A sensemaking approach to ethics training for scientists: Preliminary evidence of training effectiveness

Ethics and Behavior 18 (4):315 – 339 (2008)
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Abstract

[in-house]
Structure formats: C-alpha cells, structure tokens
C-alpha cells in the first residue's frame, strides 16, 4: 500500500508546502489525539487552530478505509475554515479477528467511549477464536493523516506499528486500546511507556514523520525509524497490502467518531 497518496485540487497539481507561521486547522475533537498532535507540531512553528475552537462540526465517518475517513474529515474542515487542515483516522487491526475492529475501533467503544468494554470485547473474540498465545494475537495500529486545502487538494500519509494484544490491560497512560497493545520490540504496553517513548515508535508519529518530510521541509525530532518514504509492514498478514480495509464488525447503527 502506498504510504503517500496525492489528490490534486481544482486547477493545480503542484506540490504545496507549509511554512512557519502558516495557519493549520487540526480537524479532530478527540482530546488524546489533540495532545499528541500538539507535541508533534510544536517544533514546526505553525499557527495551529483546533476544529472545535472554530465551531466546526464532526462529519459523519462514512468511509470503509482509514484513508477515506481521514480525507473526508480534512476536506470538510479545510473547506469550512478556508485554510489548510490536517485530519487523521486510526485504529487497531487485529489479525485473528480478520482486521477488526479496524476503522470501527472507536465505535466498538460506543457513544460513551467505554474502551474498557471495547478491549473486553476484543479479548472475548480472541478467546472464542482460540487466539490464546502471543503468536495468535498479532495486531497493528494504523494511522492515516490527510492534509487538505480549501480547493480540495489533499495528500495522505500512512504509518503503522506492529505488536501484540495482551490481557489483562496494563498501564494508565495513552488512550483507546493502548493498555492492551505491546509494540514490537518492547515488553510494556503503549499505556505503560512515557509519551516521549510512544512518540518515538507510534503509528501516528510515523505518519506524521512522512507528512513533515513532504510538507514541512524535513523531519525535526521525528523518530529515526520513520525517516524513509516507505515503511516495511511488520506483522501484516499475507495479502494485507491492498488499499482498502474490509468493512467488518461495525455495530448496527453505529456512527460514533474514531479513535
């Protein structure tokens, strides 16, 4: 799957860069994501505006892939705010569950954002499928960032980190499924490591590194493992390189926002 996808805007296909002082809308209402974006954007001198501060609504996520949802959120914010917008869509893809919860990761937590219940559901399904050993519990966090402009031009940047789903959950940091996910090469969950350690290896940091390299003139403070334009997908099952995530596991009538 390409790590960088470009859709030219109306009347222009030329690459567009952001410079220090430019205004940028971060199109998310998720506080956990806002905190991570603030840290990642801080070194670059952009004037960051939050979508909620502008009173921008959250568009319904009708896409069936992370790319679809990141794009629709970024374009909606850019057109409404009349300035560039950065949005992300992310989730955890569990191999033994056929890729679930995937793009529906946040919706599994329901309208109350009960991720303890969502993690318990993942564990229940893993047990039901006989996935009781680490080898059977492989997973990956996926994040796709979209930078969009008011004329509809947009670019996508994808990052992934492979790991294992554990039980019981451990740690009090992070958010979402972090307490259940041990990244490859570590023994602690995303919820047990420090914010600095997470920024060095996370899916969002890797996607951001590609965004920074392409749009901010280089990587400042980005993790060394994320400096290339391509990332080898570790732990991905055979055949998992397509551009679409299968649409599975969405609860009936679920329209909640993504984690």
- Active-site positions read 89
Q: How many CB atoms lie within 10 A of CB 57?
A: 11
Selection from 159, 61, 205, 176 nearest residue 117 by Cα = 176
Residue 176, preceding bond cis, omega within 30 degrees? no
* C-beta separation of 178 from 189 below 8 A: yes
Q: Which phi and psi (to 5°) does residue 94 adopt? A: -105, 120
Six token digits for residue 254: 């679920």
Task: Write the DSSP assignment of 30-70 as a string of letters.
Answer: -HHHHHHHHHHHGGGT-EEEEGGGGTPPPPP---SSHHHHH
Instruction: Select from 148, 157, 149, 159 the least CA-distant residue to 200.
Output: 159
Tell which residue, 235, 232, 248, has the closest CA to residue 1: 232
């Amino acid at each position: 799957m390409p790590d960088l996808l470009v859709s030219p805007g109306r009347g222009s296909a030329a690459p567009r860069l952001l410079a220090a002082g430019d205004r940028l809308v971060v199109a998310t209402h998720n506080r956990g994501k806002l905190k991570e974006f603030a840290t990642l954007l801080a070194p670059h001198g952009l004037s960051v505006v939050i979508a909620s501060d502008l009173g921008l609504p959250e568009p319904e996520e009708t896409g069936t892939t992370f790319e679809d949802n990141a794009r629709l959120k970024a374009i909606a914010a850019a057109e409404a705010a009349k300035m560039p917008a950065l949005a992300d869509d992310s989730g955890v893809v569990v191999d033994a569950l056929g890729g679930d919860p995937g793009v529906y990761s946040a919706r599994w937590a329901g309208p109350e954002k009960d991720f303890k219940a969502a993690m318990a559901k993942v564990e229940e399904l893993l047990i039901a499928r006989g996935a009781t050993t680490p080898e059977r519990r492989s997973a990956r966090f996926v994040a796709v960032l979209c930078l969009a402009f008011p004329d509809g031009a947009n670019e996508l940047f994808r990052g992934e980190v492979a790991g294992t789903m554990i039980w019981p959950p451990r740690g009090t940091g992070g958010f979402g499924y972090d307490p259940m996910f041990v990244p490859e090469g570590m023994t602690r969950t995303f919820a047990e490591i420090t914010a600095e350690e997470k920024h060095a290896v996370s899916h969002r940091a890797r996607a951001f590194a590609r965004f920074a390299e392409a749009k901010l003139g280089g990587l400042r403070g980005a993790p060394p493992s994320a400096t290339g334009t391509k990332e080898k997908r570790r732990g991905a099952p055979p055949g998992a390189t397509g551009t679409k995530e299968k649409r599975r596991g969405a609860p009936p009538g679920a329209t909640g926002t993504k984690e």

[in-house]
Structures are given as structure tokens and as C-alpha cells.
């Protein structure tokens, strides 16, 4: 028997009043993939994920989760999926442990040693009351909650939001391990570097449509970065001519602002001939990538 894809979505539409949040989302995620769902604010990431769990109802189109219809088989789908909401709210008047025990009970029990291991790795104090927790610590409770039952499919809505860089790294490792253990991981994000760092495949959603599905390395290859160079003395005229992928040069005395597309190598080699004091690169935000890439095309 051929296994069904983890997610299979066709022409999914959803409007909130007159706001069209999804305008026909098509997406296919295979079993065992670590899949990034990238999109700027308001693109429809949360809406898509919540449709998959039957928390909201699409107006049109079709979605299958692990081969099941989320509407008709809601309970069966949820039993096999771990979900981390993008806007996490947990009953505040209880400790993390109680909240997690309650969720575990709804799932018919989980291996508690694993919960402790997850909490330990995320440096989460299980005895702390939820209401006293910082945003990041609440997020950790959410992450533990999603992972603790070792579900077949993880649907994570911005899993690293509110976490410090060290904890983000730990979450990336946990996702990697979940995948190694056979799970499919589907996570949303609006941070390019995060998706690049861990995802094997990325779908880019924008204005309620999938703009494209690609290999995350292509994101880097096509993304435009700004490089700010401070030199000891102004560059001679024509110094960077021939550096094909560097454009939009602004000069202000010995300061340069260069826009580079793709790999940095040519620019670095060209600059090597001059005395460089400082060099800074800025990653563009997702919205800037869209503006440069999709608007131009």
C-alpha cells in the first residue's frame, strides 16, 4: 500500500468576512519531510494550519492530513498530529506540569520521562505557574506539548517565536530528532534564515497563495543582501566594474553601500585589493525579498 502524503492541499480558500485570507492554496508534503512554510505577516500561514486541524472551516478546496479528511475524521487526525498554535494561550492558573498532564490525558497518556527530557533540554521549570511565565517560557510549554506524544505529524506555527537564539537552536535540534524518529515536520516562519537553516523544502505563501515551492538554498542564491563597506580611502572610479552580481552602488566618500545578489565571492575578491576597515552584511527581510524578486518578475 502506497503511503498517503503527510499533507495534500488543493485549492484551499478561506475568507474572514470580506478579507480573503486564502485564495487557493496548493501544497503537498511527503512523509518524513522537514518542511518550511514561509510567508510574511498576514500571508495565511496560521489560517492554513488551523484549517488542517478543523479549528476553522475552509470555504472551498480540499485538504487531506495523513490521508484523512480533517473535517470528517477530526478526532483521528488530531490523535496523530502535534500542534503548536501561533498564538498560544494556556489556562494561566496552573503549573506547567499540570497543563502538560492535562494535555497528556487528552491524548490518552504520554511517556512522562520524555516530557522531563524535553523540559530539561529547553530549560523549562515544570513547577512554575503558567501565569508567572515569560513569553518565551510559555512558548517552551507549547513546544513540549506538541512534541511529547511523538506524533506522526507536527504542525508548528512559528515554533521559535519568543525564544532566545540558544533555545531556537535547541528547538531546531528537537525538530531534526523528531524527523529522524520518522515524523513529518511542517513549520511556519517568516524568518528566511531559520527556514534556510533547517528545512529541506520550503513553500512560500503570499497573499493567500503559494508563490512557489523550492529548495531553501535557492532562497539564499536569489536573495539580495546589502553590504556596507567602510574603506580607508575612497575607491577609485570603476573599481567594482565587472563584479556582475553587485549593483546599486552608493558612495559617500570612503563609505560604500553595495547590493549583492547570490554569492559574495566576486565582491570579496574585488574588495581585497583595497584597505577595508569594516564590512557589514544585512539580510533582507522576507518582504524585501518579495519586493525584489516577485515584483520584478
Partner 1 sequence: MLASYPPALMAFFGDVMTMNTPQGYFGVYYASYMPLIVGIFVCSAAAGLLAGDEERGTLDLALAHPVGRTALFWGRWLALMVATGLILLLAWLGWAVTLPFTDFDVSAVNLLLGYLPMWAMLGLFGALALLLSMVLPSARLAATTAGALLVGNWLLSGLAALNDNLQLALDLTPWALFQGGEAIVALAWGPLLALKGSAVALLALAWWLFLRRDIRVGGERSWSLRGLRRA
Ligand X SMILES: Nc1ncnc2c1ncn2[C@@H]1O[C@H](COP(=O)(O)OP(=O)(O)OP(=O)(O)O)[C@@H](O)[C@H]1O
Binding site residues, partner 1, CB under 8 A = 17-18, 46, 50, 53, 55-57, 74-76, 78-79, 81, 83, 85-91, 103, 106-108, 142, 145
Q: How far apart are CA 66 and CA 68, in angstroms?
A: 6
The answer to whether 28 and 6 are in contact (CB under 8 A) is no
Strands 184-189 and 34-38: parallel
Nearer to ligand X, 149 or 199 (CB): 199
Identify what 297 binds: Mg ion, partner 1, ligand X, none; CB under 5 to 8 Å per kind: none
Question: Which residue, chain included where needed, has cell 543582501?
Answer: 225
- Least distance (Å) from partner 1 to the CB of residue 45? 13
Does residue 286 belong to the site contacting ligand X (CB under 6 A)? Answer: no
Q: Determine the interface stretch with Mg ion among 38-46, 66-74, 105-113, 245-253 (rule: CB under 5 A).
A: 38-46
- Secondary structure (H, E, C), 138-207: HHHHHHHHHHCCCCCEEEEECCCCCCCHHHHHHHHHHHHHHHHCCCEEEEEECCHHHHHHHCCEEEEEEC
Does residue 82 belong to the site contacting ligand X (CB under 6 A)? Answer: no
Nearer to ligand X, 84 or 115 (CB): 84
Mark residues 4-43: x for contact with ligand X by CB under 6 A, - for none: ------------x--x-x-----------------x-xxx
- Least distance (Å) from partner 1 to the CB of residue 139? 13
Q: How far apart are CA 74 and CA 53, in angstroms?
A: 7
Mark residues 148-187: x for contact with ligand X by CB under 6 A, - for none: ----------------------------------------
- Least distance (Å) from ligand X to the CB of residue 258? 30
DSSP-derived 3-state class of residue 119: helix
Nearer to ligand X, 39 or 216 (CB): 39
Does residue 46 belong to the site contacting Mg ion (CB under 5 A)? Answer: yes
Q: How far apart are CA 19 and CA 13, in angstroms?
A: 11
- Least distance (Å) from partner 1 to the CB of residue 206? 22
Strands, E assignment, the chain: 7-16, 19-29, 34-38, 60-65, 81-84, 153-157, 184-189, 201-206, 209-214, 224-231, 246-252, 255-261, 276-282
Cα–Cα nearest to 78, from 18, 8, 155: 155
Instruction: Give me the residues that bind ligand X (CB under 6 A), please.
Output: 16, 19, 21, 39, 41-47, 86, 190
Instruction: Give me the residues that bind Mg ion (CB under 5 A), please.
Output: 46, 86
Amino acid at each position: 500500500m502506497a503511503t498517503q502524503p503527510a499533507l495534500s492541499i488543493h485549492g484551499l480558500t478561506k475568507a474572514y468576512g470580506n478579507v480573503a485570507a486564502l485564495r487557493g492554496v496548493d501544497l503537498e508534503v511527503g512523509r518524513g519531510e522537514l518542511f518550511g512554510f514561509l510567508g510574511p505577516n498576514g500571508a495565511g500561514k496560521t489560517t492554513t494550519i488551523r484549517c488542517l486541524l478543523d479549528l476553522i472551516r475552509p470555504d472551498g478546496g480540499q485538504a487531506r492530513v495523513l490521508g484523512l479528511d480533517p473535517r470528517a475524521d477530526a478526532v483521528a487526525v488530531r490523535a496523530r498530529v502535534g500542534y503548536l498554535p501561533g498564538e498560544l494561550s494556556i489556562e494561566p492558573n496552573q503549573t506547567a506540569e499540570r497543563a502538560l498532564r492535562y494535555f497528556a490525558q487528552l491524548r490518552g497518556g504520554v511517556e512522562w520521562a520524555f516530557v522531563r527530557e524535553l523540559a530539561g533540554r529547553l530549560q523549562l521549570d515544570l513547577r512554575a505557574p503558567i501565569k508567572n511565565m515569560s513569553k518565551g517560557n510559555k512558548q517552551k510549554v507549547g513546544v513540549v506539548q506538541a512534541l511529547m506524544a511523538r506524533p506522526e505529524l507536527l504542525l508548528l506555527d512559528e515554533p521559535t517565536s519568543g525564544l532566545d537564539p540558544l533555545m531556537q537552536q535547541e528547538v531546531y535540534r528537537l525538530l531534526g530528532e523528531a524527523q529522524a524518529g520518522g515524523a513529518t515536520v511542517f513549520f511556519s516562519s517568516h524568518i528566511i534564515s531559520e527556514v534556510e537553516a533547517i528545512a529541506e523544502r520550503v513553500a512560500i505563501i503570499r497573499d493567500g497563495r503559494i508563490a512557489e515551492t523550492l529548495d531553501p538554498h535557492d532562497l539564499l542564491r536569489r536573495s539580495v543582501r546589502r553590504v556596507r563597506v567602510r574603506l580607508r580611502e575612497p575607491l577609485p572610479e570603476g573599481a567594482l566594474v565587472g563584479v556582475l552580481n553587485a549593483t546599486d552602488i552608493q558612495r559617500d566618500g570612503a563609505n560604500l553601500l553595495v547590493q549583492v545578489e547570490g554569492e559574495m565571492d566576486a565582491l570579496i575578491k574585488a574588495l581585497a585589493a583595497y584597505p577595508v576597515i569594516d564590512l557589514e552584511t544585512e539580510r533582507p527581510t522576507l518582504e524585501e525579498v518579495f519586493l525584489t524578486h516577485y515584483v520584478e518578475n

In recent years, we have seen a new concern with ethics training for research and development professionals. Although ethics training has become more common, the effectiveness of the training being provided is open to question. In the present effort, a new ethics training course was developed that stresses the importance of the strategies people apply to make sense of ethical problems. The effectiveness of this training was assessed in a sample of 59 doctoral students working in the biological and social sciences using a pre-post design with follow-up and a series of ethical decision-making measures serving as the outcome variable. Results showed not only that this training led to sizable gains in ethical decision making but also that these gains were maintained over time. The implications of these findings for ethics training in the sciences are discussed.

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